Canadian Prime Minister Stephen Harper last year visited Washington make his case for the Keystone XL oil pipeline planned from Alberta oil fields. TransCanada's planned pipeline has been the source of heated debate on both sides of the border, though Canadian Ambassador to the United States Gary Doer said future debates will be over fresh water.
"I think five years from now we will be spending a lot of our time diplomatically and a lot of our work on dealing with water," he said in an interview with the Edmonton Journal, published Monday.
Doer said the United States and Canada have claims to 20 percent of the fresh water in the world in the five Great Lakes and share borders with three oceans. Apart from Keystone XL, he said both sides are at odds over liquefied natural gas shipments through waters off the New Brunswick coast.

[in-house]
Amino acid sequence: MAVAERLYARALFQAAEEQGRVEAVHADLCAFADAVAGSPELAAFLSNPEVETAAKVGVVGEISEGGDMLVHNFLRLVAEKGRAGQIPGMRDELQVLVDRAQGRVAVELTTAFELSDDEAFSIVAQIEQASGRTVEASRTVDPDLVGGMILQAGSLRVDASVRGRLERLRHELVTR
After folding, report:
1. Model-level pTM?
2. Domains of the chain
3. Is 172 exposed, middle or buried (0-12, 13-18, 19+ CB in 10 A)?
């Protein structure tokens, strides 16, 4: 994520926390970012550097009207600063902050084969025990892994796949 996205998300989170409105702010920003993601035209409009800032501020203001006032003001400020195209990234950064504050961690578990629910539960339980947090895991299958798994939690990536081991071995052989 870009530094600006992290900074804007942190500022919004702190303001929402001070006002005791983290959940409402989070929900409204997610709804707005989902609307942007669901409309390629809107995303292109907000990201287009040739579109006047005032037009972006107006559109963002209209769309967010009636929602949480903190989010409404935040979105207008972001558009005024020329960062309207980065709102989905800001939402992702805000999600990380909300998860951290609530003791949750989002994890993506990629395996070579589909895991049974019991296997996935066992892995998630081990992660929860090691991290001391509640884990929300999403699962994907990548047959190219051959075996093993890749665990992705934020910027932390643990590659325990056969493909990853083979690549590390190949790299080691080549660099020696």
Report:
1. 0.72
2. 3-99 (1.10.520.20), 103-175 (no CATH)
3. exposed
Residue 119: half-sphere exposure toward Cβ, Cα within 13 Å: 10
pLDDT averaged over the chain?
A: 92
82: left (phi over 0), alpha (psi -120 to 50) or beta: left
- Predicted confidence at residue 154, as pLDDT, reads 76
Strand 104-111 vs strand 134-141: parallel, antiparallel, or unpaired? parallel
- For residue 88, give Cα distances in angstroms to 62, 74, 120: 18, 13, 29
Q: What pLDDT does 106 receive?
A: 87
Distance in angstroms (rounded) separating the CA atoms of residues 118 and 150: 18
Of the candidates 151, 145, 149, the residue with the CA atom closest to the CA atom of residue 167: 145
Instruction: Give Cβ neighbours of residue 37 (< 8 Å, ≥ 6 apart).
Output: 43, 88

Both sides, he said, have "a lot of water" and the issue in the future will likely overshadow current discussions on Keystone XL.
"There will be pressure on water quality and water quantity," he said. "I think it will make a debate about going from 85 to 86 pipelines look silly."
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